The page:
KTA Solutions

Deficient Water Repellent D+D July 2014

Problem:  Deficient Water Repellent

Description:  In order to eliminate the need for painting, integrally colored masonry units were specified for the walls of a new building.   The specification also required the application of clear penetrating water repellent to the block. Within 5 years after construction, moisture was visible on the interior surfaces of the block after rain events.  The Owner wanted to know the source of the water and how to correct the problem.  Following is a summary of the types of testing and analysis undertaken by KTA to examine problems of this nature.

NOTE: The conclusions provided below cannot be interpreted as being relevant to other failures, even if they are similar in appearance. Likewise, the tests identified below may or may not be relevant or adequate for the investigation of other failures.

Field Sampling/Analysis:

  1. Visual Observations – The building walls were a mixture of split-face and smooth-face integrally colored CMU.  The walls appeared to be uniform in color.  Efflorescence was present on the interior surfaces of the block, indicating that water penetration had, or was, occurring.
  1. Rilem Tube – Rilem Tube tests were conducted throughout the building.  The test requires attaching a specially designed test tube to the surface with a clay putty.  The tube is approximately 6” in height.  It is filled with 5 milliliters of water and allowed to remain in place for 20 to 30 minutes.  At the end of the test period, the amount of water absorbed by the substrate is determined from a graduated scale on the side of the instrument.  In every case, the entire 5 millimeters of water was absorbed by the block within a few minutes.
  2. Water Racks – Water racks were used to spray water onto the surface.  Moisture meter readings are typically taken before and after testing for comparison, but this was done only for the first test.  Moisture was visibly present on the inside face of the block in the first test area after a few minutes of spraying (normal test duration is 30 minutes).  Subsequent tests were only evaluated visually, and in every case, water quickly penetrated the block.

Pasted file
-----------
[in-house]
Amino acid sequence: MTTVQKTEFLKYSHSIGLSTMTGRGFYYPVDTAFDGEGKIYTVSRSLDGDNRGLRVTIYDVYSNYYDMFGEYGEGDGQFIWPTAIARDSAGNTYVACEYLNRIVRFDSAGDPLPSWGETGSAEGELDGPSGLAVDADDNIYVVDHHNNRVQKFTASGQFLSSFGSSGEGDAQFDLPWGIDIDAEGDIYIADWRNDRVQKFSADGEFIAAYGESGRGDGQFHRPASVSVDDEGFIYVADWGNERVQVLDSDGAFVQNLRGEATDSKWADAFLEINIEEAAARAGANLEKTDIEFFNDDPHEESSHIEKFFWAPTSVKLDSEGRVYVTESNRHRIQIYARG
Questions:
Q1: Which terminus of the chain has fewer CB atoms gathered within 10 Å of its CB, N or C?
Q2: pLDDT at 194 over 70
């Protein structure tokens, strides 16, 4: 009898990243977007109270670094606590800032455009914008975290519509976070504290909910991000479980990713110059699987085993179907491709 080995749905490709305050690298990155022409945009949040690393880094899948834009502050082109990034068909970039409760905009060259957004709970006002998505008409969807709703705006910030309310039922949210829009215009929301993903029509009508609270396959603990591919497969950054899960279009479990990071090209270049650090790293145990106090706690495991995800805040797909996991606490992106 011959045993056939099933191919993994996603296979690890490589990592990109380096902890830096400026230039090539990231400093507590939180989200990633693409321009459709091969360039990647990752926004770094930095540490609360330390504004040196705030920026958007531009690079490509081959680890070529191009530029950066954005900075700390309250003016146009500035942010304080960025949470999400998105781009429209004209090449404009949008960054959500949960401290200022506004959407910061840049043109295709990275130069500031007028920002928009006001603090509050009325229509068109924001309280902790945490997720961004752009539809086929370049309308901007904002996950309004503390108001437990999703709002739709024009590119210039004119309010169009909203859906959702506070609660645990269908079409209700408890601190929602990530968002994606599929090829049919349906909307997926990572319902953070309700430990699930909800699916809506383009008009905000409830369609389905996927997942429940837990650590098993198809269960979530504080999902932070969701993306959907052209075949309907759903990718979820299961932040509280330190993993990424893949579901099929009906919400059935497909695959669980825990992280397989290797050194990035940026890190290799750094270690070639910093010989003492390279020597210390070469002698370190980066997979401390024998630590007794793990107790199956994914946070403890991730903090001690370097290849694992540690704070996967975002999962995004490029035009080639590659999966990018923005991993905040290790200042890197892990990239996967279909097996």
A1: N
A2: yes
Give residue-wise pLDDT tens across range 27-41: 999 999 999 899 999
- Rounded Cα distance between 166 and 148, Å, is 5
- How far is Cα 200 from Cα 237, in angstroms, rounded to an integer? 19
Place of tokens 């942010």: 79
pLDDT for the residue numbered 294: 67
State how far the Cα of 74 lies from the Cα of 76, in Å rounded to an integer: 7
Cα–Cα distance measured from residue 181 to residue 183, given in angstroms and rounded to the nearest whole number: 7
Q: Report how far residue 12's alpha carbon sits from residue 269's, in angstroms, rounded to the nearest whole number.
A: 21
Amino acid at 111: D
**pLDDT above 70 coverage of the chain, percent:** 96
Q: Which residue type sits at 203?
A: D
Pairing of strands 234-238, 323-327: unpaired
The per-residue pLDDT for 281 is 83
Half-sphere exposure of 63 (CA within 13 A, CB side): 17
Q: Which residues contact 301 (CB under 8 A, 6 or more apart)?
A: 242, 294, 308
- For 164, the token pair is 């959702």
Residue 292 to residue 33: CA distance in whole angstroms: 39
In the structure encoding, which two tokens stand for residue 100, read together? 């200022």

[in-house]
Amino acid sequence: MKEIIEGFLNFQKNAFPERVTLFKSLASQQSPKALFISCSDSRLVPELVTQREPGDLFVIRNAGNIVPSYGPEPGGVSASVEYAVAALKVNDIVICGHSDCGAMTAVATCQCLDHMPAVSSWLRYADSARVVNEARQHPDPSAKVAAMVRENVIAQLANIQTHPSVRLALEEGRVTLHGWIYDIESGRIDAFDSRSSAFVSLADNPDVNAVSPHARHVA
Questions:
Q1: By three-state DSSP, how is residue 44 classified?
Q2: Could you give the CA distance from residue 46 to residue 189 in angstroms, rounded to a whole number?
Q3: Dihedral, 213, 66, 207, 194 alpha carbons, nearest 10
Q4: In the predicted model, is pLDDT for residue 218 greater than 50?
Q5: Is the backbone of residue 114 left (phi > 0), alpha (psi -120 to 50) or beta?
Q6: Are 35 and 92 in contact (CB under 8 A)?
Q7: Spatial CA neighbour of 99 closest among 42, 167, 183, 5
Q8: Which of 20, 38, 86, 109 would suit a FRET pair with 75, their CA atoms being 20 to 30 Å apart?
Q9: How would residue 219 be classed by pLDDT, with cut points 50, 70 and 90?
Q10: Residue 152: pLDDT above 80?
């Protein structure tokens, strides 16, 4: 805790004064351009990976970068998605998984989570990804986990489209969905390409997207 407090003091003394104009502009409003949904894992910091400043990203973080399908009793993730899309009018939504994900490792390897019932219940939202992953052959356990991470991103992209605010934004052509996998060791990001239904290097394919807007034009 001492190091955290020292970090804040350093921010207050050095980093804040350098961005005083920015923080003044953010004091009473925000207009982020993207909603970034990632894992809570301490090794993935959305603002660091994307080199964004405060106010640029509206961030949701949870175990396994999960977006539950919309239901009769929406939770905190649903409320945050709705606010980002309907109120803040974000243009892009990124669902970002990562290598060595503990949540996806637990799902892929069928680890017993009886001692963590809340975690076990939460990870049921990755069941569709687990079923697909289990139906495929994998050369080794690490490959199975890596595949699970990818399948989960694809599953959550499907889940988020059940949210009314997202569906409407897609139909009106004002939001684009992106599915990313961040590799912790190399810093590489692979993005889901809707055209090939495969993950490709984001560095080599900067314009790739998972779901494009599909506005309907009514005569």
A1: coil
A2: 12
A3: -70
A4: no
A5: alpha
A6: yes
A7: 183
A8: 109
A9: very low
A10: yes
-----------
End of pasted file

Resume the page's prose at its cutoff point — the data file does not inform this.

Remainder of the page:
1. Samples – Core samples of representative blocks were removed for laboratory analysis to determine if the repellent was solvent-based or water-based.  In addition, liquid samples of the specified repellent were obtained from the manufacturer for comparison.

Laboratory Analysis:

  1. Microscopic analysis up to 200x was not conclusive in determining whether repellent was present in the surface of the core samples.
  2. Chemical analysis (infrared spectroscopy) of samples obtained collected from the surface of the cores showed that traces of the specified solvent-based repellent were present.


Wind-driven rain is penetrating the block to dampen the interior surfaces.  This was proven by both the Rilem Tube and water rack testing.  The laboratory analysis showed that traces of the specified solvent-based repellent were present on the surface of the block, but either not enough had been applied originally or it had weathered away.  In any case, the remnants of repellent no longer constituted a functional water repellent.

Correction of the problem required cleaning the surface by pressure washing and after thorough drying, the application of one to two coats of water repellent.  Because a solvent-based repellent was applied initially, the new application was also solvent-based; water-based repellent typically will not adhere to solvent-based.

In order to confirm compatibility and suitability of water repellents before wholesale use, test applications in representative areas should always be performed followed by adhesion testing and Rilem Tube testing.  In some cases, a second application is required to pass the Rilem Tube test.

Chalking of Exterior Coating


Problem:  Chalking of Exterior Coating


Description:  The coating used to overcoat the exterior of a building exhibited a dull, faded appearance within 1 year of application.  The Owner had a 1-year warranty that indicated the coating would retain its gloss and color and would not chalk.  Following is a summary of the types of testing and analysis undertaken by KTA to examine problems of this nature.

NOTE: The conclusions provided below cannot be interpreted as being relevant to other failures, even if they are similar in appearance. Likewise, the tests identified below may or may not be relevant or adequate for the investigation of other failures.


Field Sampling/Analysis:


  1. Visual Observations – The building walls were a mixture of split-face and smooth-face CMU.  The colors applied to the block were three shades of gray.  All of the colors exhibited a dull, faded appearance except where protected from sunlight.